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Economic group looking for director, members

By Staff | Jul 26, 2008

A private group focused on economic development in Faribault County is moving forward and making progress.

Bylaws have been established and the organization will obtain 501c6 non-profit status.

Operating under the name of Faribault County Regional Development Corporation, there are currently four board of director members: Bill Eckles, president of BEVCOMM; Jeff Lang, administrator of United Hospital District; John Rivisto, CEO of Wells Concrete; and Keith Kor, plant manager at Corn Plus.

The business leaders believe better results in attracting new businesses or creating expansion could be achieved through the private sector with less government involvement.

“Our mission is to combine the public and private resources for a unified economic development strategy for the Faribault County region,” says Lang.

Eckles says all area cities work at getting jobs, businesses and housing, however, there isn’t one organization coordinating the efforts.

Now that Blue Earth and the county do not have economic development directors, the four business leaders feel the timing is right to form a regional entity.

“It’s a fight every single day to to bring prosperity to the area,” Eckles says. “We could take the resources from all these government entities taxpayers are paying into, focus them and hopefully achieve better results.”

FCRDC is in the process of hiring a director. Ads have been placed in newspapers and the website of the League of Minnesota Cities. A salary range of $65,000 to $90,000 will be paid, depending on experience.

“We’re looking for that person who can hit the ground running,” says Lang. “They will do an inventory of what has been done in the past and how effective it has been.”

Adds Kor, “We want someone who knows the grant process, the area and businesses. Someone who would be chomping at the bit.”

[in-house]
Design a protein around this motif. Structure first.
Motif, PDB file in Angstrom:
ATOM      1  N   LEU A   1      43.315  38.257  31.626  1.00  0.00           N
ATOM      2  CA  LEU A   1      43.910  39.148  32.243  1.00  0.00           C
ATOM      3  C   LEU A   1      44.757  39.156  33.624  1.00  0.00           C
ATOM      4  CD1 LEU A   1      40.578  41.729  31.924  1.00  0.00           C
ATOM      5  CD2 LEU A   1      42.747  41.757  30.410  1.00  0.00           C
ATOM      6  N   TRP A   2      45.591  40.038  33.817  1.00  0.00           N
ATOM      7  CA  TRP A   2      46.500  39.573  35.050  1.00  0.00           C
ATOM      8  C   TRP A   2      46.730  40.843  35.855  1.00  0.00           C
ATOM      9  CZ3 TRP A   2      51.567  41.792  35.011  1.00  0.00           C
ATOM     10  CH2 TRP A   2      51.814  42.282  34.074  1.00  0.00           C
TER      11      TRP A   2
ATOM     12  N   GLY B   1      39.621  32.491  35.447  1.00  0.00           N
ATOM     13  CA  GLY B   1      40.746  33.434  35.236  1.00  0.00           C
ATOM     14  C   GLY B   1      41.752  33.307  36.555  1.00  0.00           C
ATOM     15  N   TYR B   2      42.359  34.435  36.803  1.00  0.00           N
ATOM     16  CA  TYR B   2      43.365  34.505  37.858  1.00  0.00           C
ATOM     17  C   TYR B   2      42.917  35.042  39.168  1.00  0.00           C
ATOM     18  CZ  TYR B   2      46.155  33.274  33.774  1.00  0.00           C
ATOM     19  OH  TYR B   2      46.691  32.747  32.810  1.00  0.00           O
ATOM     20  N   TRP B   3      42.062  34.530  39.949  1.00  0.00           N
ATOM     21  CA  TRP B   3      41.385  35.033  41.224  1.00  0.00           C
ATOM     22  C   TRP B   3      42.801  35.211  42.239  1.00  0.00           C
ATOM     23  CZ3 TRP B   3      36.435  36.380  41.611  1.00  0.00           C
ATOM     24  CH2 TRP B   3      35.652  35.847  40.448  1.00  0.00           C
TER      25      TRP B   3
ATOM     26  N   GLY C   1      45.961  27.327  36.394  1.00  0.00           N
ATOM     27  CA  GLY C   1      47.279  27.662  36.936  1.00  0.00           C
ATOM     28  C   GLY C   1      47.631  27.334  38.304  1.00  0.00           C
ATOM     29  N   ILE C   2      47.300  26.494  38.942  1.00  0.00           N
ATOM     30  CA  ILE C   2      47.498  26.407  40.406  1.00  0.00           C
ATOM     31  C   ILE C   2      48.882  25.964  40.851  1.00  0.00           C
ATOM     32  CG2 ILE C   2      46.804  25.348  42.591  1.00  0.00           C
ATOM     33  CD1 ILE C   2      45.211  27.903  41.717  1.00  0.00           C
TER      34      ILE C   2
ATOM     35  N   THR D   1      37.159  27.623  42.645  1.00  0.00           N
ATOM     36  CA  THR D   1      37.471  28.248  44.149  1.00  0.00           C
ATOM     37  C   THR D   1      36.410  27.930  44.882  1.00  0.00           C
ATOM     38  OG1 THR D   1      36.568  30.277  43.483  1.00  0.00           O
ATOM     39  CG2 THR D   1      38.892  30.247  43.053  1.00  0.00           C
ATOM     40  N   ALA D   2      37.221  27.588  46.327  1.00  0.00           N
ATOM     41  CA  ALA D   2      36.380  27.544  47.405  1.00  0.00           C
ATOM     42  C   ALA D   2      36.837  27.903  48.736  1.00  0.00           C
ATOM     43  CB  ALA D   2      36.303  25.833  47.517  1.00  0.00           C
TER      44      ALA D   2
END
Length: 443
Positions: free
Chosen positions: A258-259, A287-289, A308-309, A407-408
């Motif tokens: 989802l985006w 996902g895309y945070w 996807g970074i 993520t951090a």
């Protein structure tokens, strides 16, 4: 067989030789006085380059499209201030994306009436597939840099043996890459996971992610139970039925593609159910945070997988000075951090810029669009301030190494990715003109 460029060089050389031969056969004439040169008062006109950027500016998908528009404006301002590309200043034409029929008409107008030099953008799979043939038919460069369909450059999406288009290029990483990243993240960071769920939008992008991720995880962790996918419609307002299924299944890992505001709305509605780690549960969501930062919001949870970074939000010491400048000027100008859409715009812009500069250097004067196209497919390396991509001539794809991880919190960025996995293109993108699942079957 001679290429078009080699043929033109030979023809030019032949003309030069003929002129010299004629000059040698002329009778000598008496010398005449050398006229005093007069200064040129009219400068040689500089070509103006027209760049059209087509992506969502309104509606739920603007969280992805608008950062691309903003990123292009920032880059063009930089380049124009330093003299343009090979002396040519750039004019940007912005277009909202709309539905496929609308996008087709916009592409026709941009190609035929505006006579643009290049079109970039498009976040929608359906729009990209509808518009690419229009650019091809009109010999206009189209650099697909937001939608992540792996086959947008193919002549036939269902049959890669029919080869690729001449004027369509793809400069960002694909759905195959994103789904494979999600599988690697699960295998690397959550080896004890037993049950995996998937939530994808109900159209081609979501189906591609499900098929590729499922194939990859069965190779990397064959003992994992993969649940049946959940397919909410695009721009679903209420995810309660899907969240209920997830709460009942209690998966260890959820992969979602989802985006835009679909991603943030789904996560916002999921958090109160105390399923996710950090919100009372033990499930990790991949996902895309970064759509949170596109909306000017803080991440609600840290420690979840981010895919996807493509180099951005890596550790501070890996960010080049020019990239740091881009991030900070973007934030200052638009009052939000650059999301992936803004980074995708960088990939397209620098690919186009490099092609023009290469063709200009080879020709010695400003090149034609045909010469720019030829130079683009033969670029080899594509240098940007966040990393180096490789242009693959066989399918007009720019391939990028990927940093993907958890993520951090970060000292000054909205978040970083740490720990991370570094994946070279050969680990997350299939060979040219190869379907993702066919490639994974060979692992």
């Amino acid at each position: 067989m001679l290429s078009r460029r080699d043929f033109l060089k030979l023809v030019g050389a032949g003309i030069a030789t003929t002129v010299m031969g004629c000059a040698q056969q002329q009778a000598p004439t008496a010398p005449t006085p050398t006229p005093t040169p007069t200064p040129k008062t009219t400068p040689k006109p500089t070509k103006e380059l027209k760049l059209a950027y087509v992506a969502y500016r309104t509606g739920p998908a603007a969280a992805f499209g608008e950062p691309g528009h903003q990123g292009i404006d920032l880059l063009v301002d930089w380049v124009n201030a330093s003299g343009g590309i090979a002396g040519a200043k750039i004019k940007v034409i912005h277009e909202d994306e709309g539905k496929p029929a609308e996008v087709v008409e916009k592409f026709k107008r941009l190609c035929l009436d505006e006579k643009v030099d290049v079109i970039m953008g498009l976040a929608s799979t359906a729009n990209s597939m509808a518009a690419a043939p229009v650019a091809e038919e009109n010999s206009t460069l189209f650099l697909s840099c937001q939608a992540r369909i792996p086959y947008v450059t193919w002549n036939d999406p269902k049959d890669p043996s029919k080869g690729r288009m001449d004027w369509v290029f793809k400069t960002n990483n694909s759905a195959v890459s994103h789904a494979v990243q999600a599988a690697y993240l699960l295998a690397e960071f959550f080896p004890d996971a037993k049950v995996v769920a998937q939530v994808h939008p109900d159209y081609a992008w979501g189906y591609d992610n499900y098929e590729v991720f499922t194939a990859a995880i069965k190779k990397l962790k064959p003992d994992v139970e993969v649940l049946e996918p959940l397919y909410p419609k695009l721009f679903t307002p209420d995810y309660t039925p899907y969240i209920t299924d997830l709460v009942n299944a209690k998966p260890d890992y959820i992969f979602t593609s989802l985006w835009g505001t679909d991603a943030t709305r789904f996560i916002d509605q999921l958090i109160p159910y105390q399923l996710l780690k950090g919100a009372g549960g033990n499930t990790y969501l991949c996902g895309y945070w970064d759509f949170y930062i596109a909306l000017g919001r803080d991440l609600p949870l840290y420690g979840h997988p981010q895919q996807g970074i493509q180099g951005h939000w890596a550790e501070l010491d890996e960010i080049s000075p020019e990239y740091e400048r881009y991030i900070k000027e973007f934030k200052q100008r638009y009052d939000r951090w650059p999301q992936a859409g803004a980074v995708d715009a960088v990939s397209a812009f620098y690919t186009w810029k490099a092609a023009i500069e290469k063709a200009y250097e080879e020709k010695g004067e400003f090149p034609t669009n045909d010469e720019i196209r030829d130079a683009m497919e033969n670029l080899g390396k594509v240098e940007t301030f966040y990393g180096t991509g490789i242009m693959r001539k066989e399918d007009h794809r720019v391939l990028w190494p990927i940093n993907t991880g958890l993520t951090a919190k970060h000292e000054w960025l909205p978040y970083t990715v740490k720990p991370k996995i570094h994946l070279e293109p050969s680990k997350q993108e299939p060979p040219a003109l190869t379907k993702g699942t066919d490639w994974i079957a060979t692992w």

The corporation hopes to start interviewing for the position by mid-August and have someone selected by the end of the month. The person would likely begin their duties sometime in October.

Eckles says the operating budget for the development group will be $200,000 the first year.

Currently, the organization has $60,000; $15,000 pledged by each business of the present board.

Lang says they are working on obtaining two-year commitments of $30,000 from area businesses.

In addition, a business may become a member by paying a fee based on its annual revenue. Lang says area cities and the county also will be allowed to contract with FCRDC for services.

While the board is comprised of four members, up to nine could be elected by the group’s membership. It must include one person from Blue Earth, Wells, Winnebago and someone involved with a business or farming outside of those cities.

“We want to make sure every part of the county is represented” says Lang.

Rivisto sees merit in having business leaders working on economic development.

He says a similar group like the one they are starting played a big role in his company’s $20 million expansion in Albany.

“With that experience I thought we should be doing that here. This is a perfect way to do it. Without the politics and government involvement,” Rivisto says.